A substantial portion of the population in developing Commonwealth countries depend on agriculture for food and livelihood security. However, the agricultural sectors in most of these countries have continued to record a steady decline.
One of the major reasons is the inadequate human resource development. Many countries still follow the conventional one-way extension model, which demands a greater infrastructure and resource base than what most developing countries can afford. The situation is aggravated by the disproportionate ratio of extension officers to farmers in most countries.
COL believes that capacity-building can only help improve farmers’ livelihoods when it is linked to social capital in the form of mobilised farmer groups and financial capital in the form of credit.
The number of people affected by hunger will surpass 840 million by 2030, or 9.8% of the population (FAO et al., 2020).
Lifelong Learning for Farmers (L3F) is a holistic model which emphasises continuous learning among farmers using information and communication technologies (ICT), horizontal and vertical learning and networking with stakeholders. The L3F initiative focuses on linking human capital with social and financial capital. The initiative presents a model that is premised on the belief that an effective linkage of these three capitals will help in spiraling a self-sustaining development process. By leveraging on the power of ICT and open and distance learning (ODL), L3F has been able to evolve a socially acceptable, economically feasible and financially viable farmer extension system.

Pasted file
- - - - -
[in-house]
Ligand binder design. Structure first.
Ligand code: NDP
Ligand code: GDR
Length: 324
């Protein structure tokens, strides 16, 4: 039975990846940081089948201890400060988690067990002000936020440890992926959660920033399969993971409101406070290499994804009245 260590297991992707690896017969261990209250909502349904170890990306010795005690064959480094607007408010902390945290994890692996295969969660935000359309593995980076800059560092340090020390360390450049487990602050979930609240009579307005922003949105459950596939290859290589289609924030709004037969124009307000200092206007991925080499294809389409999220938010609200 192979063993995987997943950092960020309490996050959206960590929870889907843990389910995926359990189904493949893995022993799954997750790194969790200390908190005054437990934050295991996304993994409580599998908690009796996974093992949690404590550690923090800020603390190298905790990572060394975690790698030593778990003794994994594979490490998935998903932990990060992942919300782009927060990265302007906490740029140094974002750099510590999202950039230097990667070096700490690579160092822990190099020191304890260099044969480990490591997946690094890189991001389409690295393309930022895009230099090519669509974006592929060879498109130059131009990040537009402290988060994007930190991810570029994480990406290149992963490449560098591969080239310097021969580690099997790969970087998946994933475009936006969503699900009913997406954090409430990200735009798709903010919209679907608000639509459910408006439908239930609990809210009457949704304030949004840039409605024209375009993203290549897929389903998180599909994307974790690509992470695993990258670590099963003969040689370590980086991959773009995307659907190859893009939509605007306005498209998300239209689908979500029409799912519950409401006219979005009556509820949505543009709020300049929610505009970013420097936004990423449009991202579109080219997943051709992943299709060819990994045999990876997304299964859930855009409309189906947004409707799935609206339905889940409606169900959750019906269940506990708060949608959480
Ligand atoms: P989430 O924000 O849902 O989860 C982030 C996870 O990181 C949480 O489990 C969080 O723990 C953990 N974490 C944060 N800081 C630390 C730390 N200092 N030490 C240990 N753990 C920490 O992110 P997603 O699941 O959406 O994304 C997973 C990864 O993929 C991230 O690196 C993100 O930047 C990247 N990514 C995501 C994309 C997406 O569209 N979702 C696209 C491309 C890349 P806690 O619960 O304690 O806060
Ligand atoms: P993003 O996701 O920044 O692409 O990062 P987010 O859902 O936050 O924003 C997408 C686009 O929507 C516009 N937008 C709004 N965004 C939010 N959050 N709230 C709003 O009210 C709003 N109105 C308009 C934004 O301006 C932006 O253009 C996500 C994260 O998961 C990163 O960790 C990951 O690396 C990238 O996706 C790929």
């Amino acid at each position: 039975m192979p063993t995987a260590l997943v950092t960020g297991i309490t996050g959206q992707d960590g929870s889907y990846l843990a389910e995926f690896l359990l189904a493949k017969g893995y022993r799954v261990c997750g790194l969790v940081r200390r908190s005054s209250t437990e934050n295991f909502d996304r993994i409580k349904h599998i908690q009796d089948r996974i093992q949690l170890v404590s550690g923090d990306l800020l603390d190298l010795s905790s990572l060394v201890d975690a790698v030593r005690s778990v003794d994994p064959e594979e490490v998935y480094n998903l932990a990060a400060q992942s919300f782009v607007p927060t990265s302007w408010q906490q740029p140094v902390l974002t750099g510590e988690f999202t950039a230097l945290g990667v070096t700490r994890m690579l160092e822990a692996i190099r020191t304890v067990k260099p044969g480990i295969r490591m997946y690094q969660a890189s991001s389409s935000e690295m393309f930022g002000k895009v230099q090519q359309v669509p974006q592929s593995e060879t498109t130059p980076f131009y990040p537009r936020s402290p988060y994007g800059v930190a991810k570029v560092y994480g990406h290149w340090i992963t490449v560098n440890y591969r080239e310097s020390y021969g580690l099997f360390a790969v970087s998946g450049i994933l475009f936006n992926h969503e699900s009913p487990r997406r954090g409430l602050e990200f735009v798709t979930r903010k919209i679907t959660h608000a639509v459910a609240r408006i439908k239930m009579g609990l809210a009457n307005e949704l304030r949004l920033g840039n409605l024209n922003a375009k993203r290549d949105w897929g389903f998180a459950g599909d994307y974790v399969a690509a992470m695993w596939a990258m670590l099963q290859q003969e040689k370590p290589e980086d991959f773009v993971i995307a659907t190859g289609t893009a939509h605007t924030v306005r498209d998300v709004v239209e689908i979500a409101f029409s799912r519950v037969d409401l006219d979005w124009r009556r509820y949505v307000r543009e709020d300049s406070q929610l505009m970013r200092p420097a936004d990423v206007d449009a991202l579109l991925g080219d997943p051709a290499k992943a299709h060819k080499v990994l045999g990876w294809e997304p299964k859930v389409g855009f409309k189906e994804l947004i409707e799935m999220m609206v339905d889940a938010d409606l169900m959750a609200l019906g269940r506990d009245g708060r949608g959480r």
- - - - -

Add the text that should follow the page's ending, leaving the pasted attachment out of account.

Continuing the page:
COL has been promoting needs-based continuous learning to farming communities, and L3F has addressed problems related to agriculture and livestock management and has introduced new knowledge and technology to ensure profit making in the farming sector.
L3F has played a major role in strengthening agriculture and rural development sectors. Here are just a few examples:
- More than 600,000 L3F participants are learning through mobile phones. Financial literacy and corporate literacy courses offered to semi-literate and illiterate women over mobile phones have strengthened their savings, credit management and enterprise activities.
- L3F has shown that blending financial capital with social and human capital using ICT based ODL would enhance the empowerment which in turn would lead to profitable enterprises. It showed that an 1% increase in empowerment led to more than 2.4% increase in profit of enterprises run by women in Kenya.
- A study by the National Institute of Bank Management in India showed that L3F yielded a return of Rs. 16.00 to the community for every Rs.1.00 spent on facilitating and implementing the initiative.
- Based on the experience in India, partners in Tanzania, Uganda and Kenya have introduced table banking in the Savings and Credit Co-operatives (SACCO), building a culture of financial discipline, saving and learning. One of the SACCOs in Tanzania has saved around TSH 1 billion through this approach.
For 2021-2027, the priority will be to work with policy makers and civil society organisations to make the transition from meso to macro scale for enhanced food security and long-term sustainability. The regional focus will be on consolidating the success in Asia and extending the reach in Sub-Saharan Africa and the Caribbean.
- Work with governments, the private sector, financial institutions and civil society to scale up the L3F model.
- Develop technology innovations for reaching the unreached with equitable quality learning.
- Lead and disseminate research, using a gender perspective, on the impact of L3F.